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Three Reasons Why Bad News is Better than No News

May 29, 2017

 

Ever had to deliver bad news to a customer? Of course you have, you’re a project manager, that’s part of your job. As difficult as it may be to deliver tough messages to your client, staying silent is even more damaging to both the project and the relationship. Here are the key reasons why bad news is better than no news at all.

 

Transparency

 

One of your primary objectives as a project manager needs to be to maintain transparency with your customer and make them feel that you are not hiding anything from them. By being up front with difficult news it may produce some hard feelings (“why are you late on delivering?!”) but unless you know with certainty that your bad news will go away (hint: 99% of bad news doesn’t go away) then it’s best to get in front of it and make sure that your customer feels that you are being forthcoming.

 

Maintain Trust

 

If Transparency is one of your primary objectives, then maintaining trust is the ultimate goal. Without trust, you are done. Clients need to feel they can trust the project manager – the instant that the trust goes away, so does any ability to actively manage the project in an effective way for the project manager. Not to mention the damage this can do to your reputation with the customer going forward. Trust takes a long time to establish but only one negative event to destroy that built up trust. By being forthright and bringing your client in on bad news, you are signaling to them that you are accountable and responsible. While they may develop concerns on why you are in trouble in the first place, they will respect that you did not try to hide the bad news from them.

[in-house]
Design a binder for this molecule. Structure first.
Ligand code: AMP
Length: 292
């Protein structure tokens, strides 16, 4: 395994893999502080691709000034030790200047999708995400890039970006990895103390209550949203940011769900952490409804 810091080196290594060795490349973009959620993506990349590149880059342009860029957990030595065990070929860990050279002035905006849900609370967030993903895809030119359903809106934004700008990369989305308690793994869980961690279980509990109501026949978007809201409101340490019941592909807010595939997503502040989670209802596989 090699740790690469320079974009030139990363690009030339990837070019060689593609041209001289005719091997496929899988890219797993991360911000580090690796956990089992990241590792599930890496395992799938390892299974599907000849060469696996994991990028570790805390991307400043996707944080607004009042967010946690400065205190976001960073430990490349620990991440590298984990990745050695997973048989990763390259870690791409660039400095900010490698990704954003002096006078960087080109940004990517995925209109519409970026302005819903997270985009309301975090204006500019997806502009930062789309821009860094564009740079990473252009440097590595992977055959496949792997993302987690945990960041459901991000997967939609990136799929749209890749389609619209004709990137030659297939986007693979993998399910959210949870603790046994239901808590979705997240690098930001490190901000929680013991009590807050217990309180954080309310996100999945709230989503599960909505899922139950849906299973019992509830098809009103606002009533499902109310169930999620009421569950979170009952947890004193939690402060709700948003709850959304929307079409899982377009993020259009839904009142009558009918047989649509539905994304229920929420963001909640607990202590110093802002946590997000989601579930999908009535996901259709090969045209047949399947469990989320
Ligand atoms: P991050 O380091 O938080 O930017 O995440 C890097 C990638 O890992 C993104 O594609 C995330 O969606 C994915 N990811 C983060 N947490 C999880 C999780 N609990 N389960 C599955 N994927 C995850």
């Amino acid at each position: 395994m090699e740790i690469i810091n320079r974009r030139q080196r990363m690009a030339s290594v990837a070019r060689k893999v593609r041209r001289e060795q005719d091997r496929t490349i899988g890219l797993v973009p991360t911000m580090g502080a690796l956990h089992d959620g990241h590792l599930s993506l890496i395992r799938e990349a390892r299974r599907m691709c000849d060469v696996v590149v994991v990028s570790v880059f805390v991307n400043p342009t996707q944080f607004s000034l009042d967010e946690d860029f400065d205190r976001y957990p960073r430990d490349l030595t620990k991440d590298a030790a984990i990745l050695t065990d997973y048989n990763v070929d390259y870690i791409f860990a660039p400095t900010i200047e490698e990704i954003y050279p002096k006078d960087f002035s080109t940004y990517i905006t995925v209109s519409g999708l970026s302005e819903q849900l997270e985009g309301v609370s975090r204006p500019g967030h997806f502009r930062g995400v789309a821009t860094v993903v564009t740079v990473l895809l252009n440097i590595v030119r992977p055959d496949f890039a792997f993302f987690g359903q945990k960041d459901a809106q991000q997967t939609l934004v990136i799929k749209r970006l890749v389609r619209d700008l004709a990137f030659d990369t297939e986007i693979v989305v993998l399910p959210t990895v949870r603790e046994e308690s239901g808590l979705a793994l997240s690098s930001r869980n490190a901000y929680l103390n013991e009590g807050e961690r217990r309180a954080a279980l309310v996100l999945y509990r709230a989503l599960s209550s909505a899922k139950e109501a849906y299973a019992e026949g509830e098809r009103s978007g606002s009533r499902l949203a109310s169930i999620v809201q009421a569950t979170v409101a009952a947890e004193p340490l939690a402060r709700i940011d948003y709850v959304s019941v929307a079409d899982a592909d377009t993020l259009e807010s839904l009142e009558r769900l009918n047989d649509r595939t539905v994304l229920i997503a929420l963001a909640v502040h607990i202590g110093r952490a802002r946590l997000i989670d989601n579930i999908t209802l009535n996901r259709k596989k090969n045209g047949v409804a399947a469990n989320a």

Plan for Action

 

Probably the simplest reason for why bad news is better than no news is that it allows everyone to contribute to an action plan to get out of the situation. Ideas don’t always need to come from the project manager or the project team, they can come from the customer as well. Once the project manager delivers the bad news, both the customer and the project team should work together to come up with a plan to steer the project back on track. By not bringing the customer into the fold early on, it hinders the project team in their efforts to get the project back on the rails.

 

Delivering bad news is never easy. It’s not the most glorious part of the job and can be a little painful. However sitting on your bad news because you’re afraid to share it will only amplify the problem and make your bad news even more difficult to deliver – plus you’ll have to answer the question “when did you know about this?” Get in front of it, own it and manage it.

 

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